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Bonding Tip - Meal-Time Petting

Hey everybody! Molly here, with your Bonding Tip of the Week! This week’s bonding tip is: pet, or lightly touch, your cat when you’re feeding it.

Remember how we talked about feeding your cat meals? Meals are a great opportunity for bonding, and a lot of the time, that opportunity is missed when we just leave out food for our cats to pick on whenever. In order to bond even more when you’re giving those meals, give your cat some physical touch as well.

Think of Pavlov and his dog—well, maybe don’t think of dogs, since this is cat person territory. But remember how he announced meals for his, er, non-cat with a bell? And how even after the food was taken away, his pup still salivated? The pup associated the bell with the food, so even when there’s no stimulus in the form of food, the bell still has the same psychosomatic effect.

So, when you touch your cat while it’s eating, it associates you with the yummy food. When you put that meal down, go ahead and lightly stroke your cat so he really knows where it came from.

This is even more important when cats are very young, because at that time, they’re in their sensitive development period. From three weeks old to six months old, they’re still learning about how to move through the world, and what’s scary and not scary. Touching them really helps them to associate human touch with something really good, instead of something bad and scary—and as a cat parent, that’s the most important thing of all!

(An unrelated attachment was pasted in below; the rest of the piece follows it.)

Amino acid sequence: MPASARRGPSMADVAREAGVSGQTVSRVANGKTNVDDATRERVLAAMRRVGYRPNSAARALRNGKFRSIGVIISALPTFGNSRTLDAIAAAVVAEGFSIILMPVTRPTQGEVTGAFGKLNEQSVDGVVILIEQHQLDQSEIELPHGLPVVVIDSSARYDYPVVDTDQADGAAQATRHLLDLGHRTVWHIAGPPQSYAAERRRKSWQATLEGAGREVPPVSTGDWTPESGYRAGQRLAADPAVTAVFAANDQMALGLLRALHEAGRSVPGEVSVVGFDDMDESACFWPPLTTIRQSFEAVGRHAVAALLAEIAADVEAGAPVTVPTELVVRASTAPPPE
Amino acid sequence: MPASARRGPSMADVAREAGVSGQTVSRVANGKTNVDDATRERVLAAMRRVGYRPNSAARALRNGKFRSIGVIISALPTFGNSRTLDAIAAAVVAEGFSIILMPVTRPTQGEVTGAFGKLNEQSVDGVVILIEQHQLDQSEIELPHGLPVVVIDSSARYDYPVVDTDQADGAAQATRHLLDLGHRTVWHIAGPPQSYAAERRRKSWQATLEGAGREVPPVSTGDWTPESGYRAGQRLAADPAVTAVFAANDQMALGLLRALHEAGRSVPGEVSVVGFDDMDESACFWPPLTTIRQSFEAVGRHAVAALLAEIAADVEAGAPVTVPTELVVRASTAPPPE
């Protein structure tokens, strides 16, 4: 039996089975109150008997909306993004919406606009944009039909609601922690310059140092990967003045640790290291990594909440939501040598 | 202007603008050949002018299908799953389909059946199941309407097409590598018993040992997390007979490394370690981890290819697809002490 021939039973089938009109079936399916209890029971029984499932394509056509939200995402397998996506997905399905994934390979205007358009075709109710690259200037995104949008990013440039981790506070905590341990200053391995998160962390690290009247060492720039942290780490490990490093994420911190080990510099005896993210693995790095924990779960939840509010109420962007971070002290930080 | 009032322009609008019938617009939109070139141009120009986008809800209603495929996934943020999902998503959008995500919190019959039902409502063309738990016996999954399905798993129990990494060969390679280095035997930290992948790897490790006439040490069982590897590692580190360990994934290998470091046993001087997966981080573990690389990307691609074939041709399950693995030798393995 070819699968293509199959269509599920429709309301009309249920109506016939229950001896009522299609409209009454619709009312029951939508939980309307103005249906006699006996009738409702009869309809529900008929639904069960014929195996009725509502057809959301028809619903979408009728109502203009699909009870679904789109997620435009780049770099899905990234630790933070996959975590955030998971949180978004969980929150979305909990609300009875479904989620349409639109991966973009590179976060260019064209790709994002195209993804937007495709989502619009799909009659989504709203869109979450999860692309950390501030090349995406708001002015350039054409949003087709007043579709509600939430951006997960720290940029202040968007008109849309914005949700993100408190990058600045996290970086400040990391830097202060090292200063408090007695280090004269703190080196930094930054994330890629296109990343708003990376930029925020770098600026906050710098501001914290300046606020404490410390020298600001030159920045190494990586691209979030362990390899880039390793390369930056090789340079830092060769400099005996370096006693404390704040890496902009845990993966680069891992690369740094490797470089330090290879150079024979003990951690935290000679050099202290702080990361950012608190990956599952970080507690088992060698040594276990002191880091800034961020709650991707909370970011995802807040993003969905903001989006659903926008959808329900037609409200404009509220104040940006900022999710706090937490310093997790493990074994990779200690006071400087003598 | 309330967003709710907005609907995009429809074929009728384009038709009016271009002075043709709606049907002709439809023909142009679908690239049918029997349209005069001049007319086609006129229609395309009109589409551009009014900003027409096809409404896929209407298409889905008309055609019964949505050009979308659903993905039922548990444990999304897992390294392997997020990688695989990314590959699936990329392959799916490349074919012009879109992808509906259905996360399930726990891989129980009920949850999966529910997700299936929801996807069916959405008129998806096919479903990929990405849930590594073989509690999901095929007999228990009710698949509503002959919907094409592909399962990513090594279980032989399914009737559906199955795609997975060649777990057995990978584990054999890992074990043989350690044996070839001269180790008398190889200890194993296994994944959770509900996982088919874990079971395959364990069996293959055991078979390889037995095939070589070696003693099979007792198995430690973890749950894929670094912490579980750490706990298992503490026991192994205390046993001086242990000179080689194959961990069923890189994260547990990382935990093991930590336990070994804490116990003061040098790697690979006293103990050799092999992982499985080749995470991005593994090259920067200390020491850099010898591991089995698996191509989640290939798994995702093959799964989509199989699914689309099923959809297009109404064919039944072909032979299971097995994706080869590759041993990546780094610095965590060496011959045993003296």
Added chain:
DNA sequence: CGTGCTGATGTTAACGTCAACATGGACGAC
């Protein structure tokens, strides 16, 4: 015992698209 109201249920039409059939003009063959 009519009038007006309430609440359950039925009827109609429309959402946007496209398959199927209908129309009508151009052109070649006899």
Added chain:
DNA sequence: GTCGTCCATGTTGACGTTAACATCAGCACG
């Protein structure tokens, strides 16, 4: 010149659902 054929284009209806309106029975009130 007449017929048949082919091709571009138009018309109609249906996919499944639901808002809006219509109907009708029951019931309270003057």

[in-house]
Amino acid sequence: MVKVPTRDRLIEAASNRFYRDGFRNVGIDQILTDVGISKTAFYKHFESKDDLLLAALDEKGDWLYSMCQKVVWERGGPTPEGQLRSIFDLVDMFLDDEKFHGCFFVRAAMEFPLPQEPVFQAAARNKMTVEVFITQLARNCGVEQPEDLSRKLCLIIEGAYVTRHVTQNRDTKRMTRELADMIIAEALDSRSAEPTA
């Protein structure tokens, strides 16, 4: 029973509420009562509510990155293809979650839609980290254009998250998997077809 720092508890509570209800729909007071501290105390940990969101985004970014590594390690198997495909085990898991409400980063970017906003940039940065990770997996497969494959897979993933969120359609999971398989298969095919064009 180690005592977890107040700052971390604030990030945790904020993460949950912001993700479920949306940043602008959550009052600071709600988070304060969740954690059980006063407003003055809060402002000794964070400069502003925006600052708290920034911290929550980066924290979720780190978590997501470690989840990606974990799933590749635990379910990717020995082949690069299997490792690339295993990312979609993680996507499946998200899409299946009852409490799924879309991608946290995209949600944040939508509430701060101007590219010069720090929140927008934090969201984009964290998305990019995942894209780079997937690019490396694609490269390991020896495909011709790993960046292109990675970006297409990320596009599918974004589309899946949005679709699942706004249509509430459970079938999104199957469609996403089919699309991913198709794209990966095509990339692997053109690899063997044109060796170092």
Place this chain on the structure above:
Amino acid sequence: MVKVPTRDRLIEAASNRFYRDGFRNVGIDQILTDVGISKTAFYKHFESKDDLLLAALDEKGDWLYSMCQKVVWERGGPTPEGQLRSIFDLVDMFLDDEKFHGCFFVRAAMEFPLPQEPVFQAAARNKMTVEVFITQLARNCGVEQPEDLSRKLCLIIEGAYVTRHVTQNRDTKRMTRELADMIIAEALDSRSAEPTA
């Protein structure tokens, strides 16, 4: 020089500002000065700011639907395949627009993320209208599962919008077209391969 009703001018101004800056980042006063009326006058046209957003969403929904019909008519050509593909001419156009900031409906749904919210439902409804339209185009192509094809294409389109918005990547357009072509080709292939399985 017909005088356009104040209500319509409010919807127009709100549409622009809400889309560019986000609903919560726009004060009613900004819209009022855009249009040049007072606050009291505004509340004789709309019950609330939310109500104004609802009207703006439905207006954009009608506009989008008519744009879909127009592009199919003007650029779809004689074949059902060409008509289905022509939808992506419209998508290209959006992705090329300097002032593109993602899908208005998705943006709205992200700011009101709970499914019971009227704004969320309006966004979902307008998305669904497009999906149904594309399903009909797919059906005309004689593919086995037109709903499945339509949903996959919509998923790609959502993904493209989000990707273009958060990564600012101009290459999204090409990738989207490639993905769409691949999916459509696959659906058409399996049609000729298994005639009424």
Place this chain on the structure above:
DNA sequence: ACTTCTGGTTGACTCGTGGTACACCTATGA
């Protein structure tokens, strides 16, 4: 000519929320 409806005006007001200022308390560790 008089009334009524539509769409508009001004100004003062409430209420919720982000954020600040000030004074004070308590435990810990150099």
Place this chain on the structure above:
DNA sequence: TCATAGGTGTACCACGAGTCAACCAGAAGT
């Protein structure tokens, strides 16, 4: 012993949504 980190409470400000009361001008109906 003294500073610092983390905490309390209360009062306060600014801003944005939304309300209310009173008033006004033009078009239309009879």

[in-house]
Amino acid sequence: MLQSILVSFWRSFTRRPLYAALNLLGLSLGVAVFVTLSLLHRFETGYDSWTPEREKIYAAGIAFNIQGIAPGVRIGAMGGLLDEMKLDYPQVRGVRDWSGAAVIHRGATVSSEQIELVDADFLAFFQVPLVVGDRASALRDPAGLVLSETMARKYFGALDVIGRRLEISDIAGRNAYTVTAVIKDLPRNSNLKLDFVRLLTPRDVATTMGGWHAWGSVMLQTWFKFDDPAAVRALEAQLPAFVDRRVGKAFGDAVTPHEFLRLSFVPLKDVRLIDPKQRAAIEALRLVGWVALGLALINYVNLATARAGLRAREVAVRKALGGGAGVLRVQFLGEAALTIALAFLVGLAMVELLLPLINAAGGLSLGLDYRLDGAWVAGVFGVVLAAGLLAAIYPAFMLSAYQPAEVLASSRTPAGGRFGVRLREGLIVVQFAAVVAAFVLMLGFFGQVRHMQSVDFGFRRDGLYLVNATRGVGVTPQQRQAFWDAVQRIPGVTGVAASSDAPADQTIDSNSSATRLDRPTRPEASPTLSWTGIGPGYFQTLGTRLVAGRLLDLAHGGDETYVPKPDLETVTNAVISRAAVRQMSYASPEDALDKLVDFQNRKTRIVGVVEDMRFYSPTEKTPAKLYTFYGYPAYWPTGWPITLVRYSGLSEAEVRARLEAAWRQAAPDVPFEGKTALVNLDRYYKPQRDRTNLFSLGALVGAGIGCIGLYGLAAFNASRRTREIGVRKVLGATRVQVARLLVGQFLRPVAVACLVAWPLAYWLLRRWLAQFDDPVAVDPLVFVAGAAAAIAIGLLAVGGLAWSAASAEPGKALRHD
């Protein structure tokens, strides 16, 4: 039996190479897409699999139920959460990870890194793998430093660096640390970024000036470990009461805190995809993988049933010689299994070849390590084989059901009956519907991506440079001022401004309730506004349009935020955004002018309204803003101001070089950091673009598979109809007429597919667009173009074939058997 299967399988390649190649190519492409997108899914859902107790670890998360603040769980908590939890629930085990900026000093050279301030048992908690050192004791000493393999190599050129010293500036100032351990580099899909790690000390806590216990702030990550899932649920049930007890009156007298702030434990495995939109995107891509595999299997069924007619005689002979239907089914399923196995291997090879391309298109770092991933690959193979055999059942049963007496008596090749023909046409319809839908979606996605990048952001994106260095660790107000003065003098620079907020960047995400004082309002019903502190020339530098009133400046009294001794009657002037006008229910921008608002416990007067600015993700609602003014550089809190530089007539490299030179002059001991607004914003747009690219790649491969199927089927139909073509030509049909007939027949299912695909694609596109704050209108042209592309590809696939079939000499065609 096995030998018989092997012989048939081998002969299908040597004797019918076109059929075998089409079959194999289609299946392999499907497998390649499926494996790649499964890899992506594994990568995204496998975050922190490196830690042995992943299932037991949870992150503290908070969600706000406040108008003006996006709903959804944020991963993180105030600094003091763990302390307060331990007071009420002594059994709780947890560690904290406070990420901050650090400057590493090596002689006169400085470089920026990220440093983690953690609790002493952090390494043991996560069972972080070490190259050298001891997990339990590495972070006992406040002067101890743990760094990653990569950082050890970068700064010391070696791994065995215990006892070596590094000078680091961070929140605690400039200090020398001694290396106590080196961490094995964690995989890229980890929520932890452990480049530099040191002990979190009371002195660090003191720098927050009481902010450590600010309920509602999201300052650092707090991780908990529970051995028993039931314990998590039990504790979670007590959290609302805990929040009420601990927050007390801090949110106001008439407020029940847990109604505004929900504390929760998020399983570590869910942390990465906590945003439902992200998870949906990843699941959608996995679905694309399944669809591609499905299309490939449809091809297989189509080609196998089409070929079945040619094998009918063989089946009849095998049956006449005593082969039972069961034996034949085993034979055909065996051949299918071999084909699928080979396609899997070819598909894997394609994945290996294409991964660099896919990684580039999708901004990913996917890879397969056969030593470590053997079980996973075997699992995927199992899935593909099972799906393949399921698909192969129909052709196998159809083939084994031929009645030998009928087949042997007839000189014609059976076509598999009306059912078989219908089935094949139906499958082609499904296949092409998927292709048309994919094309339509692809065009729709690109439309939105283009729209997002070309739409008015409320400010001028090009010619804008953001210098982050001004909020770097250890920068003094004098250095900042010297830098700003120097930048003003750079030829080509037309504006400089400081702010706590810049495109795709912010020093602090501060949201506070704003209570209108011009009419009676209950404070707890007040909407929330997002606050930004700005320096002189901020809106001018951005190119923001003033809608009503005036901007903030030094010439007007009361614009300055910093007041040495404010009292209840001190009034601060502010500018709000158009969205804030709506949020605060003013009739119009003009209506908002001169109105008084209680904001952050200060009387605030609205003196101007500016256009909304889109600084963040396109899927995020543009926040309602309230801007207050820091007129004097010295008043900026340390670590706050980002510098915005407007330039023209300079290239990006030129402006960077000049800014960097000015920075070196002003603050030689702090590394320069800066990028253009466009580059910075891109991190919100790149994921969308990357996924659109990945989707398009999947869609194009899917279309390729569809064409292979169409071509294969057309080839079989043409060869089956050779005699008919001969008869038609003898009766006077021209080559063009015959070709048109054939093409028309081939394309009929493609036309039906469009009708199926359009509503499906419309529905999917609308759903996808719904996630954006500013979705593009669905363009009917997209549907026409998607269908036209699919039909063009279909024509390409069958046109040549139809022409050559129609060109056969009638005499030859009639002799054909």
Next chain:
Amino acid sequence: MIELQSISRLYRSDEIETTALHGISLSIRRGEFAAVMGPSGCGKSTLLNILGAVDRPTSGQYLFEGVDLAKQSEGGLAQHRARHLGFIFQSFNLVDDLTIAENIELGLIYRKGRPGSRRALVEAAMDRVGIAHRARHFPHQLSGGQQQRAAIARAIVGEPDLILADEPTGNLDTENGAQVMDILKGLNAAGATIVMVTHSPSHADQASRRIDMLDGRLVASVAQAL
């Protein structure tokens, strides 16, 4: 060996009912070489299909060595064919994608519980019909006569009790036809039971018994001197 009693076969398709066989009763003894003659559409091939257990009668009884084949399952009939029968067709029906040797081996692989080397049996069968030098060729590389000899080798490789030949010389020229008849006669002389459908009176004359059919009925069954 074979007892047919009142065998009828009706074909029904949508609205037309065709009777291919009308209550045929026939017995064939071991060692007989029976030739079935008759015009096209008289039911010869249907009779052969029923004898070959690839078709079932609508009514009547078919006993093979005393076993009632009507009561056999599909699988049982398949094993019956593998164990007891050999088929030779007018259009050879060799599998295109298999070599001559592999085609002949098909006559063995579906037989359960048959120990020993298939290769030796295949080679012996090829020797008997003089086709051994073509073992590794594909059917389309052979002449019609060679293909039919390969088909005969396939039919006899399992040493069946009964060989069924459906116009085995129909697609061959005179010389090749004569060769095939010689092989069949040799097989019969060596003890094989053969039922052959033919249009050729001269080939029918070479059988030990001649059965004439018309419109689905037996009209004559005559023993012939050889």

So, when you feed your cat meals, go ahead and give them a light little pet, so they know that you and your touch are associated with something really, really great. Have fun doing that this week—until next time, keep calm and purr on.

For more information on Vitakraft Cat Treats Please visit to learn more about Vitakraft’s collection of small-batch cat treats packed with healthy and flavorful ingredients in the shapes, tastes, and textures your favorite feline will love. Plus, find the best tips for cat owners to strengthen the bond with their cats.

For more information on Molly DeVoss, Cat Behaviorist go to:


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